- William Wilkerson, RecruitingNation
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AUSTIN, Texas - - The man with the Bachelor's degree in Plan II and government from The University of Texas, who just so happened to be the Texas Student Body President from 2000-01, will arrive in town this Friday on a business trip.
This same well-spoken individual with a Master's degree in public policy and a juris doctorate from Harvard, who worked for eight months on Capitol Hill in the office of Senator Joe Lieberman of Connecticut, won't be rolling up his sleeves in the government buildings of the state capitol, though.
No, Daron Roberts, West Virginia's cornerbacks coach, has a highly anticipated game to win against his alma mater.
"As soon as we land Friday I will go directly to my hotel and I won't leave until we go to the stadium," said Roberts, recipient of the 2011 Outstanding Young Texas Ex Award by the Texas Alumni Association. "I told my players that this was a business trip. I won't even see my family after the game. It's a business trip. Nobody wants to beat Texas as bad as Daron Roberts."
There was a period of time when Roberts would have loved nothing more than to have endured the hustle and bustle of a political figure, and spent his time on a business trip in Austin rubbing elbows with the suits along Congress Avenue.
The son of a soil scientist and a teacher from Mount Pleasant, Texas, Roberts grew up in a household where politics were always a hot topic.
"I always had an itch for politics," he said.
He was president of his class in each year of high school and for that one year at Texas. Those experiences conjured up the perfect ground level structure for a career that he once hoped would lead to him becoming a senator or maybe the governor of Texas or beyond. They all seemed like attainable positions given his book smarts and do whatever it takes persona.
So after graduating from Texas and working those eight months on Capitol Hill, Roberts earned his master's from Harvard's John F. Kennedy School of Government in 2004. His childhood dreams of being a political figure were well on their way to becoming reality.
His next step toward achieving his goals was Harvard Law, where a degree would set him up for a life full of endless possibilities. Call it a young adult's version of a golden ticket to Willy Wonka's chocolate factory.
During his second year of law school in 2006, Roberts was tasked with writing a final paper for his sports law class that would examine if legal training could help a football coach. Little did he know that this paper would not only alter his plans for becoming a political figure but also redirect his entire life.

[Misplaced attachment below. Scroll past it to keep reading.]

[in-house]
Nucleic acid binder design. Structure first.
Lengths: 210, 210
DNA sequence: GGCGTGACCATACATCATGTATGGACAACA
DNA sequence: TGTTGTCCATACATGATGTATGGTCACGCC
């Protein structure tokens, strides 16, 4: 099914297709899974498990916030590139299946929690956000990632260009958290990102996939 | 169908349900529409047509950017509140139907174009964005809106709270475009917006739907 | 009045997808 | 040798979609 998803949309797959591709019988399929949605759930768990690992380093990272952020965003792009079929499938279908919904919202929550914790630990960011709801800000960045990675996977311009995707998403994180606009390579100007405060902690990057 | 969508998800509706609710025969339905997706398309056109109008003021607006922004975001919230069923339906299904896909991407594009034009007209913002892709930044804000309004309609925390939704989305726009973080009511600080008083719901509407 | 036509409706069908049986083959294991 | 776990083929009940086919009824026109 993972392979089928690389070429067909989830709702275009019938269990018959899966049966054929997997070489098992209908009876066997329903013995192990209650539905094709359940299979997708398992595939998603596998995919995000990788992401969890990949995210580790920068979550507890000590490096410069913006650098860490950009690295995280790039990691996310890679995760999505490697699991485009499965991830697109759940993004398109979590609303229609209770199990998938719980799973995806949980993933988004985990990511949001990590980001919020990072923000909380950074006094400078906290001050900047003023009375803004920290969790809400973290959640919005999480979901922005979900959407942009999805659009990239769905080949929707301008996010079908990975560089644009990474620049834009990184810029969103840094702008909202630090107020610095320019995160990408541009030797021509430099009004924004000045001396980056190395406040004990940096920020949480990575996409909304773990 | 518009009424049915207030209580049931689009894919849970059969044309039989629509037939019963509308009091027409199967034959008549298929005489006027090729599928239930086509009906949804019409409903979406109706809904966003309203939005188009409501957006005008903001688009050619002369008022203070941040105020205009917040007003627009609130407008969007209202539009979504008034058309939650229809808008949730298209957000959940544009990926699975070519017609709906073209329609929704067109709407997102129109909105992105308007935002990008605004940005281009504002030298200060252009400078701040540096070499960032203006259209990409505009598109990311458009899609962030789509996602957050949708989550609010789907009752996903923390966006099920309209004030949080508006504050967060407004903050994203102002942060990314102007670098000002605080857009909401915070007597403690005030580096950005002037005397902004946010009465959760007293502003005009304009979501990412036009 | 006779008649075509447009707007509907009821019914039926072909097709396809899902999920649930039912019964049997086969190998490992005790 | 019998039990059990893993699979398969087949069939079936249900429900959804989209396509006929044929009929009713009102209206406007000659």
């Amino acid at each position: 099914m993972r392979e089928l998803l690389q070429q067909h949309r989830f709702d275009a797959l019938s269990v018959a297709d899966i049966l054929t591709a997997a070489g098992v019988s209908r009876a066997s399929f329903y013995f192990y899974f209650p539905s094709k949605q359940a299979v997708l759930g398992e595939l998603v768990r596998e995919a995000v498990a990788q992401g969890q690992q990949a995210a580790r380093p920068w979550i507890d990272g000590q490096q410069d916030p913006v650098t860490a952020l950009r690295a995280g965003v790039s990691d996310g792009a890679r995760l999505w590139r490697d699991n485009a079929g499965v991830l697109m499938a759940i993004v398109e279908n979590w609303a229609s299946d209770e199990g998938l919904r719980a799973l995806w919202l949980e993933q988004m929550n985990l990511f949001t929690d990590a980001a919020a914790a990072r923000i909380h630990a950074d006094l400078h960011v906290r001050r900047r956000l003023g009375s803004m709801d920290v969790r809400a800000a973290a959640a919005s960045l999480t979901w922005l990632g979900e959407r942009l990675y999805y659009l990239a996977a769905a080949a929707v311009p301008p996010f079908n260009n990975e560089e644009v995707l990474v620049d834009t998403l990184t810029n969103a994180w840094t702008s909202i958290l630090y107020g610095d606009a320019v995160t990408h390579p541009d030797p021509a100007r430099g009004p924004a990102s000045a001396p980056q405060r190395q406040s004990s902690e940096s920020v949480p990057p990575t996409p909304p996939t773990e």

The first thing he had to do to get this paper rolling was find a football coach with a law degree. So he sent three interview requests to college coaches who had one.
UCLA's Rick Neuheisel, who earned his from USC in 1990, didn't respond, and Louisiana Tech's Derek Dooley (Georgia, 1994) didn't have the time.
It all came down to Texas Tech's Mike Leach (Pepperdine, 1986).
An unanswered phone call to Leach was returned within minutes. Immediately the two struck up an intriguing conversation as one might expect to have with Leach, which lasted for roughly 90 minutes.
Leach had agreed to let Roberts have all access to the program for a week. He ended up staying 14 days.
"It speaks to the type of man that Mike Leach is," said Roberts, who made an 'A' on the paper. "I was a random student that wanted to come interview him. The fact that he was willing to let me fly to Lubbock and gave me all access to the program, there are very few, if any college football coaches that would allow someone to do that. I view him as a mentor."
The all-access pass behind the scenes to how Leach and his staff operated -- from film critique, player interaction, practice, recruit visits -- brought about a whirlwind of life-altering thoughts for Roberts.
He really never contemplated punching "football coach" on the ballot of life until after his trip to Lubbock had concluded. The former first-team all-district strong safety at Mount Pleasant suddenly thought otherwise.
"I played high school football at Mount Pleasant and obviously loved the sport coming from East Texas," Roberts said. "[Those two weeks] changed the way that I viewed public service. I had always thought about public service through the lens of politics."
Roberts' next grand epiphany came when his childhood friend, Alfonso Longoria, invited him to help coach at South Carolina's summer camp in 2006. Despite his summer job with a Houston law firm, he decided to go for the multi-day event.
"It just reignited my passion for football," said Roberts, who coached seventh and eighth graders at the camp.
A final verdict was reached after that: he would become a football coach. But before he could entrench himself in the profession, more so than he already had, he had to inform his parents of his decision.
Contemplate that phone call for brief moment. Here was a budding politician in the making, who wouldn't have any problem making six figures right out of college, about to tell his parents that he was about to do a 180 with his life and pursue his newfound passion.
His mother, Gwen, answered the call.
"She talked with him for a while and had gotten an idea as to what he was thinking," said his father, Kirt. "After a few moments, she, with a very look of awe, handed the phone to me. He then told me."
Kirt just knew his son was teasing. He was just waiting for the moment where he could exhale.
"I'm waiting, well, the more he talked the more I realized he's serious," Kirt said.